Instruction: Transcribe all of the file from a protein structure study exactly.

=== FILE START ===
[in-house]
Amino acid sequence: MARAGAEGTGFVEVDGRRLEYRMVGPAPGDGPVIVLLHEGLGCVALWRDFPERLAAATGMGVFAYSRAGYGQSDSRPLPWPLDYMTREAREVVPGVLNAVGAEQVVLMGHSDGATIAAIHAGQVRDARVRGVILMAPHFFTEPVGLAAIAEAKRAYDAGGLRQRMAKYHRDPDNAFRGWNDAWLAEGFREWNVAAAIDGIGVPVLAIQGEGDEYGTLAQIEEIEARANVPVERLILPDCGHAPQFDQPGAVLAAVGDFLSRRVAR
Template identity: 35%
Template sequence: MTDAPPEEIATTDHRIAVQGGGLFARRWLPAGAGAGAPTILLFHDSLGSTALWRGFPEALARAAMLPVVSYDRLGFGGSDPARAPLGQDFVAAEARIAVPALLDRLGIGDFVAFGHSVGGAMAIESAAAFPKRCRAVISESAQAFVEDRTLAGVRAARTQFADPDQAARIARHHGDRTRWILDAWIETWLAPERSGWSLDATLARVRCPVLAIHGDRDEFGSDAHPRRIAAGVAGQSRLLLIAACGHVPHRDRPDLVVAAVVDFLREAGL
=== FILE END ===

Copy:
[in-house]
Amino acid sequence: MARAGAEGTGFVEVDGRRLEYRMVGPAPGDGPVIVLLHEGLGCVALWRDFPERLAAATGMGVFAYSRAGYGQSDSRPLPWPLDYMTREAREVVPGVLNAVGAEQVVLMGHSDGATIAAIHAGQVRDARVRGVILMAPHFFTEPVGLAAIAEAKRAYDAGGLRQRMAKYHRDPDNAFRGWNDAWLAEGFREWNVAAAIDGIGVPVLAIQGEGDEYGTLAQIEEIEARANVPVERLILPDCGHAPQFDQPGAVLAAVGDFLSRRVAR
Template identity: 35%
Template sequence: MTDAPPEEIATTDHRIAVQGGGLFARRWLPAGAGAGAPTILLFHDSLGSTALWRGFPEALARAAMLPVVSYDRLGFGGSDPARAPLGQDFVAAEARIAVPALLDRLGIGDFVAFGHSVGGAMAIESAAAFPKRCRAVISESAQAFVEDRTLAGVRAARTQFADPDQAARIARHHGDRTRWILDAWIETWLAPERSGWSLDATLARVRCPVLAIHGDRDEFGSDAHPRRIAAGVAGQSRLLLIAACGHVPHRDRPDLVVAAVVDFLREAGL